The transition of most of the global financial markets away from Libor and the adoption of risk-free rates is finally upon us. As the clock counts down to the demise of Libor for all new contracts, the focus is firmly on where the sticking points remain: the ‘tough legacy contracts’ and the US dollar loan market.
Global supply-chain bottlenecks have profound implications for how and where companies will fund their operations in the future. As the lines of ships lengthen outside ports, there’s a macroeconomic cost for banks weighing on loan demand and perhaps asset quality. However, some trade and logistics financing businesses that were previously on the margins of banking are now seizing their moment.
Central banks have dominated financial markets through years of interest-rate repression that inflated bond and equity valuations. Suddenly inflation, running at highs not seen for decades, threatens all this. Do central banks have the credibility and capacity to cope with the monster from the 1970s that has returned with a vengeance?
At the end of each year, Euromoney takes a close look at the performance of 25 key institutions that we cover. Speaking to senior executives at these firms, we assess what went right and what didn’t, together with what might lie ahead. This year, we have also examined the views of those at the top on two important factors for 2022: their own and others’ asset quality, and the disruptive threat of China.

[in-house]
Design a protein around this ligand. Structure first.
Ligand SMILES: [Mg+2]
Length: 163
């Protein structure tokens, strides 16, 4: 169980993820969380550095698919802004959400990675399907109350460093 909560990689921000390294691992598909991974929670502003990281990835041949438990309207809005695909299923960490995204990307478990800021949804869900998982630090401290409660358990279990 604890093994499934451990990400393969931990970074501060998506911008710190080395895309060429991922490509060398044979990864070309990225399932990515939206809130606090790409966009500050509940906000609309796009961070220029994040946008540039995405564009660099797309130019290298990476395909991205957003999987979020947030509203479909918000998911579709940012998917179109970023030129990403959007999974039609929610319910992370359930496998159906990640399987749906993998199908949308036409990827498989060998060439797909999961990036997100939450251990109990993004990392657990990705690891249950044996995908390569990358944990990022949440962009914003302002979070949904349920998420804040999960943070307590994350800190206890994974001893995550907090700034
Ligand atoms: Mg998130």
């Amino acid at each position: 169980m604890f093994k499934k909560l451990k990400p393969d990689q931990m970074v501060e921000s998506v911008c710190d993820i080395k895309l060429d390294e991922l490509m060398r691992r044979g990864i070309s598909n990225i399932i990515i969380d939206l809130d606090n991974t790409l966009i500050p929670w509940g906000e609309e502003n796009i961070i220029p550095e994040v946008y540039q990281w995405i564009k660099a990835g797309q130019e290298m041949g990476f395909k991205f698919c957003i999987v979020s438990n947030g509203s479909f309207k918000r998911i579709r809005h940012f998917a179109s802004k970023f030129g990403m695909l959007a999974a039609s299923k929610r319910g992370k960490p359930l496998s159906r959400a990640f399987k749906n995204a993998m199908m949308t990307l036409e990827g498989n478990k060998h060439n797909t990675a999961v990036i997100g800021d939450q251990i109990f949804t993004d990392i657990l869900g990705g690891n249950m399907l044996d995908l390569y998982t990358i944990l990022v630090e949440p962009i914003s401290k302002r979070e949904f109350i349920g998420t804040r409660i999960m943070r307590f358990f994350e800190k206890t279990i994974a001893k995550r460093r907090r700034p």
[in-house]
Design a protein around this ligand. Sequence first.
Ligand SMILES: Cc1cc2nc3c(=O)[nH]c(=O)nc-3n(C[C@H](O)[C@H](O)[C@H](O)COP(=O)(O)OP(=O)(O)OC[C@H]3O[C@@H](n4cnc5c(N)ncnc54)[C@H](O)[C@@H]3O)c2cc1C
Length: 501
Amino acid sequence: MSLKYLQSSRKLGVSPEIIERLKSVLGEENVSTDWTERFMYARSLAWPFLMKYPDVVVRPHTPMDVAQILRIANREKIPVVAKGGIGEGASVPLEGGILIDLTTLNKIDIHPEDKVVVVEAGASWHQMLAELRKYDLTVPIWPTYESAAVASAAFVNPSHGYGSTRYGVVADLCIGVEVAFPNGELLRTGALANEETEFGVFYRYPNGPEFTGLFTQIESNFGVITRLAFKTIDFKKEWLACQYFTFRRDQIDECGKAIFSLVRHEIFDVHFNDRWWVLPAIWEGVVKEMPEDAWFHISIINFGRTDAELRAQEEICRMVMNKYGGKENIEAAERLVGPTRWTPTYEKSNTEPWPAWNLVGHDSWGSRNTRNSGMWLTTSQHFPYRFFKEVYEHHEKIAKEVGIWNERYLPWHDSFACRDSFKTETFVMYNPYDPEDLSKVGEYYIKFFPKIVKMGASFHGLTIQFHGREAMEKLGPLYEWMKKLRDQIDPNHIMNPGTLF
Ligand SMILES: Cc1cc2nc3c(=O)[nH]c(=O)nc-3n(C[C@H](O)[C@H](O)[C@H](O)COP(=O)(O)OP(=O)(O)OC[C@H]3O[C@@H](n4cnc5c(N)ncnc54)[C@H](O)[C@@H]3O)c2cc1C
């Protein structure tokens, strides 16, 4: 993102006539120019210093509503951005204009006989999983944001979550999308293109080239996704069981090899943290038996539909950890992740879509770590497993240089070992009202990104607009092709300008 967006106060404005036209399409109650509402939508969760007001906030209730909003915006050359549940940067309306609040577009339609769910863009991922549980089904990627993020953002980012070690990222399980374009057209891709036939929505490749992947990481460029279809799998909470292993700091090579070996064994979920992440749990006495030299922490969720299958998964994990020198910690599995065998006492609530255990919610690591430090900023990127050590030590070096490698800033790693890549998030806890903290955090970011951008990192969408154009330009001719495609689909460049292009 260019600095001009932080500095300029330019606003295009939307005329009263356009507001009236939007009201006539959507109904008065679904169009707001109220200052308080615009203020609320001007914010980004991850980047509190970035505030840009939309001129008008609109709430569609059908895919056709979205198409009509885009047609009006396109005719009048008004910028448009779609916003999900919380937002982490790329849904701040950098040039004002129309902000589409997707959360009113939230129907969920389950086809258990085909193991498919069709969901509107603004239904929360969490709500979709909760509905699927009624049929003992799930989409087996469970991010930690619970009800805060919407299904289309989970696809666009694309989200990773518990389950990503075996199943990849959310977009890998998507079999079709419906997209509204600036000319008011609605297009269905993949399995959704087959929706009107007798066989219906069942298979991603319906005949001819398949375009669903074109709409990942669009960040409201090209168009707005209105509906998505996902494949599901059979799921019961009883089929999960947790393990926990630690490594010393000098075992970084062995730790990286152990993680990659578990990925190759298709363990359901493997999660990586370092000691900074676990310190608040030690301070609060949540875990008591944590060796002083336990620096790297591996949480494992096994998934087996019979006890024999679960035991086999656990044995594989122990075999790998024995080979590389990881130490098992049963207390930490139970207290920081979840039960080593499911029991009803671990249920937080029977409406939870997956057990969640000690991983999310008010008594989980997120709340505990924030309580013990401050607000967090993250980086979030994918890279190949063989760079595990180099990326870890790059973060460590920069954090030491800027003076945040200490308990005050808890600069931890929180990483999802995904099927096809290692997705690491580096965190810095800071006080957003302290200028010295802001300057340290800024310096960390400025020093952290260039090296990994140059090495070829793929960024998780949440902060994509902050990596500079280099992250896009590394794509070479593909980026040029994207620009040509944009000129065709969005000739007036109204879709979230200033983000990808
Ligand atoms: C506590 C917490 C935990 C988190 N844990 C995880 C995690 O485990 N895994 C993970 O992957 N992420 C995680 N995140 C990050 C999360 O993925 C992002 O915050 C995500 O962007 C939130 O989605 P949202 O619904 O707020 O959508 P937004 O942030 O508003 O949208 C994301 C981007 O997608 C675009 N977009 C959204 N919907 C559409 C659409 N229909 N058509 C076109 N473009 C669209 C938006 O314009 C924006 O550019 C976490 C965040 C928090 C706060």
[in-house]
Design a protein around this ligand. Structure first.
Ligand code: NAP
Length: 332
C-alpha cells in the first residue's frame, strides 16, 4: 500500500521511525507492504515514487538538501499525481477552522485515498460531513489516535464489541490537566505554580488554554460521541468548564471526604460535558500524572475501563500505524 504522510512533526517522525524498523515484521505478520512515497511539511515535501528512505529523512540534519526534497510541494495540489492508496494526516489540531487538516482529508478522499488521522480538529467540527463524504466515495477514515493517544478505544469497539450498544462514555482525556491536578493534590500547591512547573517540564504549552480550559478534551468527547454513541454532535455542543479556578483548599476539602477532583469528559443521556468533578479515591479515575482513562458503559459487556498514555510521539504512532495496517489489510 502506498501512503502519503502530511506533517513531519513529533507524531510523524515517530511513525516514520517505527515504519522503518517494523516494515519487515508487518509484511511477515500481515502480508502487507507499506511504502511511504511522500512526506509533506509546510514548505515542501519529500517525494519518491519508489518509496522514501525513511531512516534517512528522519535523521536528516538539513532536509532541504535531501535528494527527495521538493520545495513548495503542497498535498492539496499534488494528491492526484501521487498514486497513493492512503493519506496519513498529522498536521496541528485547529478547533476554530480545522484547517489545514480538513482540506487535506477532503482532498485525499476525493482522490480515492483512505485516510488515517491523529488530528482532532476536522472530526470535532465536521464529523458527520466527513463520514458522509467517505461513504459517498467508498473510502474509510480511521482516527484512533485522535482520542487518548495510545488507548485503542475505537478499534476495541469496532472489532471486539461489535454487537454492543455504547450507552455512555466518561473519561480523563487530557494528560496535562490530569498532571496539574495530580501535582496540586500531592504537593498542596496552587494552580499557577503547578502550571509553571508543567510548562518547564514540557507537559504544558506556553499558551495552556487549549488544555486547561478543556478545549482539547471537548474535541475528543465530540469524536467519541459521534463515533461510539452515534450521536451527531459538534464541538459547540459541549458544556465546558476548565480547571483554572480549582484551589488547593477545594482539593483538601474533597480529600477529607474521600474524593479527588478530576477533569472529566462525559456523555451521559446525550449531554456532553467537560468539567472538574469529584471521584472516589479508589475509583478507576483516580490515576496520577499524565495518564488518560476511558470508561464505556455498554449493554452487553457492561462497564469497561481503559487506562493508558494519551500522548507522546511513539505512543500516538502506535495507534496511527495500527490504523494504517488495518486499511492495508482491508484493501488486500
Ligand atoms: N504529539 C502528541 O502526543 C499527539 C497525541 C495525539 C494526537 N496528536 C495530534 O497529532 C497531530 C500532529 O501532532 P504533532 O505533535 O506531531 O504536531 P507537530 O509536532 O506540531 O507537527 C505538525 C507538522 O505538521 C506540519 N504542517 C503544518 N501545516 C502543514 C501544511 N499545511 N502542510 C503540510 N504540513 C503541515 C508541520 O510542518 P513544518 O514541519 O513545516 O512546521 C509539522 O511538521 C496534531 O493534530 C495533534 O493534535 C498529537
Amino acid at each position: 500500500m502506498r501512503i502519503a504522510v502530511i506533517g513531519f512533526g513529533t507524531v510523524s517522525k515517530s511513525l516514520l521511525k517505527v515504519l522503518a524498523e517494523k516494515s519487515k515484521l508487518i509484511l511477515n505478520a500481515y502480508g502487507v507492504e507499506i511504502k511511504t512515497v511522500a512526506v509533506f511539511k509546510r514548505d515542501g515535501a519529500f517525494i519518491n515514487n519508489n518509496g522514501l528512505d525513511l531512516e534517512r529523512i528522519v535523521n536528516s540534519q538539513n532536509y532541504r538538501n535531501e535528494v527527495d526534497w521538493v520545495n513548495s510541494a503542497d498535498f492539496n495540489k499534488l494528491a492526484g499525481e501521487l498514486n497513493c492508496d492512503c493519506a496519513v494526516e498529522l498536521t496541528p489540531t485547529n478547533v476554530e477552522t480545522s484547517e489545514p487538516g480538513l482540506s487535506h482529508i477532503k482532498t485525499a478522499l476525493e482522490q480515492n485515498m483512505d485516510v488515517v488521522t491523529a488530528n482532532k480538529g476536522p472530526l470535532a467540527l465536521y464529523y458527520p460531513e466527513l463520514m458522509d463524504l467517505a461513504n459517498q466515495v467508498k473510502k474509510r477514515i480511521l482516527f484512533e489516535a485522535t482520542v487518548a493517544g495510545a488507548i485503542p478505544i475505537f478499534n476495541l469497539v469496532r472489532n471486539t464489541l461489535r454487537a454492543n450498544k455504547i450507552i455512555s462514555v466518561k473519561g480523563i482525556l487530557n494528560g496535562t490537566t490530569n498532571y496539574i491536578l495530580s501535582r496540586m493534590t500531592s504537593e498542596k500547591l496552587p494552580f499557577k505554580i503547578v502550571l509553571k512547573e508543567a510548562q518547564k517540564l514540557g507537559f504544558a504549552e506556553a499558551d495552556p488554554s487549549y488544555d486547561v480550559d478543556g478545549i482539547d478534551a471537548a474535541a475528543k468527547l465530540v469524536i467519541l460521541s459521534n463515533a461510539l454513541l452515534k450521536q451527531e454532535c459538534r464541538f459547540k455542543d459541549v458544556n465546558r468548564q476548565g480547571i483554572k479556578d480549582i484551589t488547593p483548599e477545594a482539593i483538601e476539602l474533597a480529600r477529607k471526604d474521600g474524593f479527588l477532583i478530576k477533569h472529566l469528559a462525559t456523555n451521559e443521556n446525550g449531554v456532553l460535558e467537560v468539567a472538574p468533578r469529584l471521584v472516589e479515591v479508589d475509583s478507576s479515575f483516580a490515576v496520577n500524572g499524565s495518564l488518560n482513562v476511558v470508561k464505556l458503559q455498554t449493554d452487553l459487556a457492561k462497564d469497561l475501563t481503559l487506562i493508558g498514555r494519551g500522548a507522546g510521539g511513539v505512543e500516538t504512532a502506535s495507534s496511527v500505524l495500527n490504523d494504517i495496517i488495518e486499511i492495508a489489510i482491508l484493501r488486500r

JPMorgan Chase can be a winner in global digital retail banking according to Sanoke Viswanathan, the bank’s head of international consumer growth. With European expansion starting in the UK under the Chase brand and growth in Latin America through a stake in Brazil’s C6, Viswanathan insists his firm is in this for the long haul.
What They Said
‘It’s about Hong Kong, China and the rest of Asia. I want growth on all fronts. I’m investing to get that growth to become reality’Noel Quinn, chief executive of HSBC, is looking further afield for growth
‘For monetary policy to be effective against inflation, it needs to be on-time. That’s going to be a tall order’The world’s central banks have a profound challenge to meet, according to Paco Ybarra, chief executive of the Institutional Clients Group at Citi
‘Most of our clients are now seeing demand picking up. The fact that there are bottlenecks in the supply chain is a frustration’Andy Halford, Standard Chartered’s CFO, summarizes the global theme in supply-chain finance
‘1MDB eventually led me to a choice I long wanted to avoid: between standing up for my father’s reputation and being loyal to my brother’Nazir Razak talks about 1MDB and his disgraced brother Najib
Brought in to help clean up Credit Suisse, the high-profile Portuguese banker has been forced to quit to preserve what is left of its reputation.